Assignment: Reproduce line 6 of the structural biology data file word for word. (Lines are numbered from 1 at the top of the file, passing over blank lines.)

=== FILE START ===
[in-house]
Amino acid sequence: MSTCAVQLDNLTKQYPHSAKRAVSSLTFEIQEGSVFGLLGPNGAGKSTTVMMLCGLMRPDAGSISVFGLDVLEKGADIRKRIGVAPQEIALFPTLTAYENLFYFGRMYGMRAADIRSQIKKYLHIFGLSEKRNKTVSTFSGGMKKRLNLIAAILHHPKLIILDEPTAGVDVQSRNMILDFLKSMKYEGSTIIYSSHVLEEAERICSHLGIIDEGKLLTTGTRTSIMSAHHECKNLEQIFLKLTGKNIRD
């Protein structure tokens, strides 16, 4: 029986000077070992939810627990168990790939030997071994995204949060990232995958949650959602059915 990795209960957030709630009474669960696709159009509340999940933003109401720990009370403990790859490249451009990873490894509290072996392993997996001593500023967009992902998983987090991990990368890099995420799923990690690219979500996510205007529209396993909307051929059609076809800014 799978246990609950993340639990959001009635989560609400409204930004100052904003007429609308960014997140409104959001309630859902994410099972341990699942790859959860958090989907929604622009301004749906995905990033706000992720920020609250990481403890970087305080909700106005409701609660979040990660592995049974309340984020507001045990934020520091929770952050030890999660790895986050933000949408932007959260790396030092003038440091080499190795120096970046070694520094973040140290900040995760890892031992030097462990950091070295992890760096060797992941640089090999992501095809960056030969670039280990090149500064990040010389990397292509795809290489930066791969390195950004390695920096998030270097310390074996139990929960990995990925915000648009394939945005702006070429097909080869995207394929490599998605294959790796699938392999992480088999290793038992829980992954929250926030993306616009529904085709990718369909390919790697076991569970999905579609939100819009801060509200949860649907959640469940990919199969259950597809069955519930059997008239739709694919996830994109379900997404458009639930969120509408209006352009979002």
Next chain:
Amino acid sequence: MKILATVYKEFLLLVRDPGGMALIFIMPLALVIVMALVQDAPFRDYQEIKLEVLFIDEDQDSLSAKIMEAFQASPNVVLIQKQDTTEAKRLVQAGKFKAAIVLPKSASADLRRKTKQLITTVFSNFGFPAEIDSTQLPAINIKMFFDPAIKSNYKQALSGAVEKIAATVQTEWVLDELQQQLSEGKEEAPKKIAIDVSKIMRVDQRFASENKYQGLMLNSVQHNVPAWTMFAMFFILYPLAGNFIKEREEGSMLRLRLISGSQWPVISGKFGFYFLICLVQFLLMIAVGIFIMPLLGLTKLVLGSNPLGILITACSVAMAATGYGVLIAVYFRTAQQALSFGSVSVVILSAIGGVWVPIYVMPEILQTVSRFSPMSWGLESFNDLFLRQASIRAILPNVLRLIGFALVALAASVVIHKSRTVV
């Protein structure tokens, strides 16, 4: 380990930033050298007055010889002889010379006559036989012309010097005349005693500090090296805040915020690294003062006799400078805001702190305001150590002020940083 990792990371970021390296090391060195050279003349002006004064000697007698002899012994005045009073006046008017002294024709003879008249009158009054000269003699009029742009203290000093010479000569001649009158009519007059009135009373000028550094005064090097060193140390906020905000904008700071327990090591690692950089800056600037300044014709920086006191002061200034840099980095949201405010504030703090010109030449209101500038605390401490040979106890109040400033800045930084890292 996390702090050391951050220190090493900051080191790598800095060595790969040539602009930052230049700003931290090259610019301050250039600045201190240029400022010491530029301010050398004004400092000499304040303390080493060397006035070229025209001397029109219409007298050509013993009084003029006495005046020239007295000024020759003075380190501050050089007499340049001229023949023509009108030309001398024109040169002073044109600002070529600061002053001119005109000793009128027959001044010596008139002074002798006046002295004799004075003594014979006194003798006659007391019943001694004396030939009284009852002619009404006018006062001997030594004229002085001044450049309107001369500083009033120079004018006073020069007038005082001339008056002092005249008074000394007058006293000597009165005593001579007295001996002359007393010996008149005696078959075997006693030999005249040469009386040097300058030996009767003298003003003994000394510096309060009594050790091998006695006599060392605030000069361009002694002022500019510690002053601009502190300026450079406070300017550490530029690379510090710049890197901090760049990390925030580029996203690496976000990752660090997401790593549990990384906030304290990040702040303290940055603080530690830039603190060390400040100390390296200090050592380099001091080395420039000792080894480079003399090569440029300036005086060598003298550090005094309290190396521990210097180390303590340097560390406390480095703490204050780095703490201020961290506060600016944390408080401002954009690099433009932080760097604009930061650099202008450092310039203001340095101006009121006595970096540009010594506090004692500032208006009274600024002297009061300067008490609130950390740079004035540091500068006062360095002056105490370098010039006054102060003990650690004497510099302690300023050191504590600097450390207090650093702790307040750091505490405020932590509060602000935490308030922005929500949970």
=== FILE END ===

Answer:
């Protein structure tokens, strides 16, 4: 380990930033050298007055010889002889010379006559036989012309010097005349005693500090090296805040915020690294003062006799400078805001702190305001150590002020940083 990792990371970021390296090391060195050279003349002006004064000697007698002899012994005045009073006046008017002294024709003879008249009158009054000269003699009029742009203290000093010479000569001649009158009519007059009135009373000028550094005064090097060193140390906020905000904008700071327990090591690692950089800056600037300044014709920086006191002061200034840099980095949201405010504030703090010109030449209101500038605390401490040979106890109040400033800045930084890292 996390702090050391951050220190090493900051080191790598800095060595790969040539602009930052230049700003931290090259610019301050250039600045201190240029400022010491530029301010050398004004400092000499304040303390080493060397006035070229025209001397029109219409007298050509013993009084003029006495005046020239007295000024020759003075380190501050050089007499340049001229023949023509009108030309001398024109040169002073044109600002070529600061002053001119005109000793009128027959001044010596008139002074002798006046002295004799004075003594014979006194003798006659007391019943001694004396030939009284009852002619009404006018006062001997030594004229002085001044450049309107001369500083009033120079004018006073020069007038005082001339008056002092005249008074000394007058006293000597009165005593001579007295001996002359007393010996008149005696078959075997006693030999005249040469009386040097300058030996009767003298003003003994000394510096309060009594050790091998006695006599060392605030000069361009002694002022500019510690002053601009502190300026450079406070300017550490530029690379510090710049890197901090760049990390925030580029996203690496976000990752660090997401790593549990990384906030304290990040702040303290940055603080530690830039603190060390400040100390390296200090050592380099001091080395420039000792080894480079003399090569440029300036005086060598003298550090005094309290190396521990210097180390303590340097560390406390480095703490204050780095703490201020961290506060600016944390408080401002954009690099433009932080760097604009930061650099202008450092310039203001340095101006009121006595970096540009010594506090004692500032208006009274600024002297009061300067008490609130950390740079004035540091500068006062360095002056105490370098010039006054102060003990650690004497510099302690300023050191504590600097450390207090650093702790307040750091505490405020932590509060602000935490308030922005929500949970």